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The Bird Dog Quadruped Exercise

Whether you’re looking to improve your strength, your mobility, or your posture, the bird dog is as close to a non-negotiable core exercise as it gets. The movement trains your abs and core muscles by lifting one leg and the opposite arm simultaneously.

This version of the exercise, done in a quadruped position, adds resistance to challenge your balance. It also targets the small muscles that protect your spine and improve posture.

Abdominal Strength

The bird dog is a staple of many physical therapists’ and trainers’ tool bags because it helps to strengthen both the abdominal and back muscles. It’s also an excellent exercise to perform after a back injury since you can do it without straining your back.

One of the more challenging variations on this movement is the bench bird dog (SBD). This variation is performed on a flat bench with your hands directly underneath your shoulders and your knees directly under your hips. The narrower base of support in the SBD body position challenges balance control and enhances neuromuscular activation of the rectus abdominis, transversus abdominis, and external obliques.

The SBD also increases erector spinae activity, but less than the quadruped version of the exercise. This is likely a result of the bench bird dog being a longer lever and more difficult to maintain. This may also explain why the SBD elicits greater activation of hip and lumbar extensors than the quadruped version of the bird dog.

Back Strength

When doing the bird dog, it’s important to keep in mind that the torso should not rock back and forth. This swaying robs the movement of its core and back stabilizing benefits. It also makes it harder to target the correct muscles.

Keeping the torso stable with the bird dog can be challenging, especially if you’re working up to it. Trying to rush through it or cheating by arching your spine will sabotage the benefits and possibly lead to injury.

A variation of the standard bird dog — also known as quadruped — is to place a resistance band around your hands and feet while you’re on all fours. The resistance band increases the rotational forces and core stability demands. It’s a great way to make the move more difficult without introducing a lot of unnecessary risk. It’s also a good exercise for athletes who want to work on rate of stabilization development, which is the ability to produce fast and smooth movements under uncontrolled instability.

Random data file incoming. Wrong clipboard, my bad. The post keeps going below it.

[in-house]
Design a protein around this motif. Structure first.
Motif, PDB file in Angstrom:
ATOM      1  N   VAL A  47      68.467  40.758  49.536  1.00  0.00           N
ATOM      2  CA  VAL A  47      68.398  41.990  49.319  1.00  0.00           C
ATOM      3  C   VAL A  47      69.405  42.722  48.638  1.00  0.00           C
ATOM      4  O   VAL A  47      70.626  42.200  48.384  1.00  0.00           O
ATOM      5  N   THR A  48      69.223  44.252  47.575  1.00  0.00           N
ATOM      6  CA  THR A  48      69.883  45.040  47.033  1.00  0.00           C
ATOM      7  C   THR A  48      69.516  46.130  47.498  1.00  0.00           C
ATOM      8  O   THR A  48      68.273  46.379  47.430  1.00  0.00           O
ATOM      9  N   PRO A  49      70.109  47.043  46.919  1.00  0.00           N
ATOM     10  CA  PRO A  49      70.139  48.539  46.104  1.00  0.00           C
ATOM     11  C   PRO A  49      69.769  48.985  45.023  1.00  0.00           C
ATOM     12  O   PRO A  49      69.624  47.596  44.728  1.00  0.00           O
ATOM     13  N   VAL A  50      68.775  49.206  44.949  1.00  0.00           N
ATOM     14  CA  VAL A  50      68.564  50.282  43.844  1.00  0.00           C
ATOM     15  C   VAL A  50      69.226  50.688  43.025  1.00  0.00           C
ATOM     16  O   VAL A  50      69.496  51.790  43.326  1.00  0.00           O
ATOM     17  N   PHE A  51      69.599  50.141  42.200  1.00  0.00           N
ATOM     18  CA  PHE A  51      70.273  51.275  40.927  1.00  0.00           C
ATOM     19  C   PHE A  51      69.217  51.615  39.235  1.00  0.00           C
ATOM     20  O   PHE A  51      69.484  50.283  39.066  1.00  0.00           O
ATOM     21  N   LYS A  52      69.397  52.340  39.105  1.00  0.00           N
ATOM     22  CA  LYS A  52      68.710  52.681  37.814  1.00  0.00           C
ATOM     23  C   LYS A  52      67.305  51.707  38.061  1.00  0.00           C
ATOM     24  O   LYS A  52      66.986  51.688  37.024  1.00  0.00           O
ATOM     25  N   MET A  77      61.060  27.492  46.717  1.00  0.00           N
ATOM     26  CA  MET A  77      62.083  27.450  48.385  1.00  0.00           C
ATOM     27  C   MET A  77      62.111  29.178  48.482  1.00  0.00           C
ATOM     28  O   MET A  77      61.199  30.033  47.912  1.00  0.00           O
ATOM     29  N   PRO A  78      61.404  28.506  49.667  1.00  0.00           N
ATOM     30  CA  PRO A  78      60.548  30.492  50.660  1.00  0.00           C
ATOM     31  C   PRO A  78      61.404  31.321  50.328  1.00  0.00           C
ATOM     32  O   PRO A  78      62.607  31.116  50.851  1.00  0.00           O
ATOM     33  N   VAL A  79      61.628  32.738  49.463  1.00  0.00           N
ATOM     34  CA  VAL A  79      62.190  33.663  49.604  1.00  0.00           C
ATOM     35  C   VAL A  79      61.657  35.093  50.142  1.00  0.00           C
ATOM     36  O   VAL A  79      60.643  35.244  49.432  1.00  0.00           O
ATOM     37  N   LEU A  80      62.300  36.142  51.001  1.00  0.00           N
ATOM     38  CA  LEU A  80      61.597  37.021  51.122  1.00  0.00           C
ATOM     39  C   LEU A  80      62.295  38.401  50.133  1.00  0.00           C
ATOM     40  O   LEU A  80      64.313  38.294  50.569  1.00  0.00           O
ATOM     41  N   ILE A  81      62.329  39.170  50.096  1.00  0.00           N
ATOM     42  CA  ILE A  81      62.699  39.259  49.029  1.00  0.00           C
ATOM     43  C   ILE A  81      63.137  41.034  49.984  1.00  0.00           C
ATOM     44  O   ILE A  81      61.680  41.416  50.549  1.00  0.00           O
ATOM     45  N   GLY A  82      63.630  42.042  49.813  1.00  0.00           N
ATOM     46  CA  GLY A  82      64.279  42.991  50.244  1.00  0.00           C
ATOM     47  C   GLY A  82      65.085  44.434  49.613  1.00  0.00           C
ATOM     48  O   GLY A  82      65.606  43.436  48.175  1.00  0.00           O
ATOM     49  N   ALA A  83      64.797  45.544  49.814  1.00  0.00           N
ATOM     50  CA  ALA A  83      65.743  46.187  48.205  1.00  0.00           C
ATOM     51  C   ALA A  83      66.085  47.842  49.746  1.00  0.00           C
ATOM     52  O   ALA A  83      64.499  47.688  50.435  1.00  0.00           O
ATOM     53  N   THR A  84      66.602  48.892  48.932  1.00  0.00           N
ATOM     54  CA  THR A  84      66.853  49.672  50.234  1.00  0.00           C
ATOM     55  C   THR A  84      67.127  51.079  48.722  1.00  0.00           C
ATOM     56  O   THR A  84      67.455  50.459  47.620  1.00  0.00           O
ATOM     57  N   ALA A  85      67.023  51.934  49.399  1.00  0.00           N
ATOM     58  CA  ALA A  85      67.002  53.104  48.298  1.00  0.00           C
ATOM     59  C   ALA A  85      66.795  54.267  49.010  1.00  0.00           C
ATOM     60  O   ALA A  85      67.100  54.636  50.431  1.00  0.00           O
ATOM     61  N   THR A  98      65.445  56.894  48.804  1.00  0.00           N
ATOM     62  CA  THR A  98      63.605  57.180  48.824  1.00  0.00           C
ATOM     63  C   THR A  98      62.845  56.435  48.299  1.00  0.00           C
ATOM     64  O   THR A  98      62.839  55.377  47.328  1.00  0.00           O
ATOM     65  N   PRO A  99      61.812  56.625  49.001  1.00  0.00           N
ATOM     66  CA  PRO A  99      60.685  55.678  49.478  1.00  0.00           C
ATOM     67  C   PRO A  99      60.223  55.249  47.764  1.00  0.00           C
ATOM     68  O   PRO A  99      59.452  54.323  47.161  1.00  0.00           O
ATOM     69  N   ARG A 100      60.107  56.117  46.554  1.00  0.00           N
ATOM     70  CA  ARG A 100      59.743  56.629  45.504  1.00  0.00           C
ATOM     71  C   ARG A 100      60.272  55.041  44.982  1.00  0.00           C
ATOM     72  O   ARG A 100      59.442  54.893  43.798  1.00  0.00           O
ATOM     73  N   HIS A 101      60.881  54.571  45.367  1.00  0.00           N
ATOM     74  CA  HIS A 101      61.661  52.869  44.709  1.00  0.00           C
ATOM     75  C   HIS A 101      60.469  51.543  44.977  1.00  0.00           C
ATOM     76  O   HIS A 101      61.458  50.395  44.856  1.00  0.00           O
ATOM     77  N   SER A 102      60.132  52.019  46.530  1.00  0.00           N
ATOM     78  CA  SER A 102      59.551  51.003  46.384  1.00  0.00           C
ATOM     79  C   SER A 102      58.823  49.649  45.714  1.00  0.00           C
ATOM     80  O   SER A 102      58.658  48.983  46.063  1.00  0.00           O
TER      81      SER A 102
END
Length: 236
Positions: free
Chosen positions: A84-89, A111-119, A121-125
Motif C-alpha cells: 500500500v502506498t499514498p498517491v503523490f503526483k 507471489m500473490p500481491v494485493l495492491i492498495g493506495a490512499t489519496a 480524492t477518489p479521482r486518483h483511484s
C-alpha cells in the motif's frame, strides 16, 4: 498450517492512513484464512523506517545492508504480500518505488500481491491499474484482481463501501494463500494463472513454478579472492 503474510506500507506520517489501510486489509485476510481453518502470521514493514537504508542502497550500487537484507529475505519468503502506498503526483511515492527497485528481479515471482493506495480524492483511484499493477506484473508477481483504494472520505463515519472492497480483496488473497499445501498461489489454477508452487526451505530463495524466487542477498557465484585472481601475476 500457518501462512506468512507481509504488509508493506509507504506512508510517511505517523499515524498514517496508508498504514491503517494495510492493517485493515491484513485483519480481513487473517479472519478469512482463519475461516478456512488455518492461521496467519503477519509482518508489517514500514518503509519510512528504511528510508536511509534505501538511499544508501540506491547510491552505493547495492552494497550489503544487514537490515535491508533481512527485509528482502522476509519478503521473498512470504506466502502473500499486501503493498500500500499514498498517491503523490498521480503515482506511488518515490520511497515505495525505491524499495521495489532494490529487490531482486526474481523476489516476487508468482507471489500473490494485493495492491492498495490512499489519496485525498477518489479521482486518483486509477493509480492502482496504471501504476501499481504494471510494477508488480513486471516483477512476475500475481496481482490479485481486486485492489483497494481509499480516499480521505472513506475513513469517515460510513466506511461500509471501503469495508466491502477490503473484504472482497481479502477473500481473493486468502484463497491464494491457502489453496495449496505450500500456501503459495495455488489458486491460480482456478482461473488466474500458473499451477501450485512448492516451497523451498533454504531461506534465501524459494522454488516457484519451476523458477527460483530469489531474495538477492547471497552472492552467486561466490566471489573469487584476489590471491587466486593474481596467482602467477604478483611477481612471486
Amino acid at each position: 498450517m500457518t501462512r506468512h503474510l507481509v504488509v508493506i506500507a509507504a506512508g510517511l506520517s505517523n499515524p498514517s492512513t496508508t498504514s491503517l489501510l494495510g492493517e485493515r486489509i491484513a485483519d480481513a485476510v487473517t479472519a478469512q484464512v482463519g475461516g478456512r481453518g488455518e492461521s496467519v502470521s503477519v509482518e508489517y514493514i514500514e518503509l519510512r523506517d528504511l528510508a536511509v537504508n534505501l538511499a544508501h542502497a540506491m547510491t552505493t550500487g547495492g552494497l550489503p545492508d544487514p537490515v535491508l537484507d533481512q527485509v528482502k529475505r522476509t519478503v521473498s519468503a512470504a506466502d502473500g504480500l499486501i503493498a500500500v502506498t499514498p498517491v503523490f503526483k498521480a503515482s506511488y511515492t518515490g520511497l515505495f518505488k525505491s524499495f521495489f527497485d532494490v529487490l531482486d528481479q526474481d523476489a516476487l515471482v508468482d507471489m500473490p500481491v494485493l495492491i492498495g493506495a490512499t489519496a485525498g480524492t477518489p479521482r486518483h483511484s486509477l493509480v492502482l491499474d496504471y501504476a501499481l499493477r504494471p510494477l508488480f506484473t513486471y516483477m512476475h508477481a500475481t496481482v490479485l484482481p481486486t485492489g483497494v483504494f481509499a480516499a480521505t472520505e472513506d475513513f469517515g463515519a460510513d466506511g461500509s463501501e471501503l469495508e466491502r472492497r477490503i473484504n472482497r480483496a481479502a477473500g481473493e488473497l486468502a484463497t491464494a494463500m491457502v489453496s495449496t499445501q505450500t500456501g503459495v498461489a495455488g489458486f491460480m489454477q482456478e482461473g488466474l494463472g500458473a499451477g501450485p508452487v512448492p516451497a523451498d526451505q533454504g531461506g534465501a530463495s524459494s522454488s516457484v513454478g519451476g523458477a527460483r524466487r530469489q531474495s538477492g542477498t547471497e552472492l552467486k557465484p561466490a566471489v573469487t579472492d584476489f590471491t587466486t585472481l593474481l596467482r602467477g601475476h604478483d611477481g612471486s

Core Stability

The bird dog is a core exercise that trains more than just your rectus abdominis. When performed properly, it engages your entire frontal and lateral core muscles to stabilize the body while moving your arms and legs. It also trains your shoulders and hips to resist flexion. This is important because it challenges the other facets of your core, as well as your hip flexors and obliques, which are involved in movement stability and anti-rotation.

To increase the intensity of the bird dog, perform it on a stability ball. The inherent instability and fewer points of contact with the ground increases the challenge of maintaining proper form. It also requires you to spend more time in the position, which improves your muscle endurance. The bird dog also teaches you to control spinal movement, which enhances lower back strength and spares your spine unwanted stress under load — a valuable skill for anyone who wants to lift heavy.

Posture

The bird dog is one of the most important and underrated core exercises for everyone to add to their routines. But, like any exercise, you need to know how to do it correctly. A common mistake when doing the bird dog is rocking back and forth while lifting the opposite arm and leg, which doesn’t train your core or back stabilizing muscles.

Instead, you want the only movement to be the arm and leg that’s being lifted; this will challenge your core through the principle of bracing, as well as engage your hip flexors and obliques through anti-rotation. Additionally, doing a bird dog on a bench instead of the floor challenges your core stability even further, as the bench creates a narrower base to work from. The bench variation also encourages intense hand activation, which is a key element in quadruped movements to stimulate the neuromuscular response of concurrent activation potentiation (CAP). This means that the stronger and more precise your grip is, the greater neural drive will be sent to the larger muscles throughout your body’s kinetic chain.

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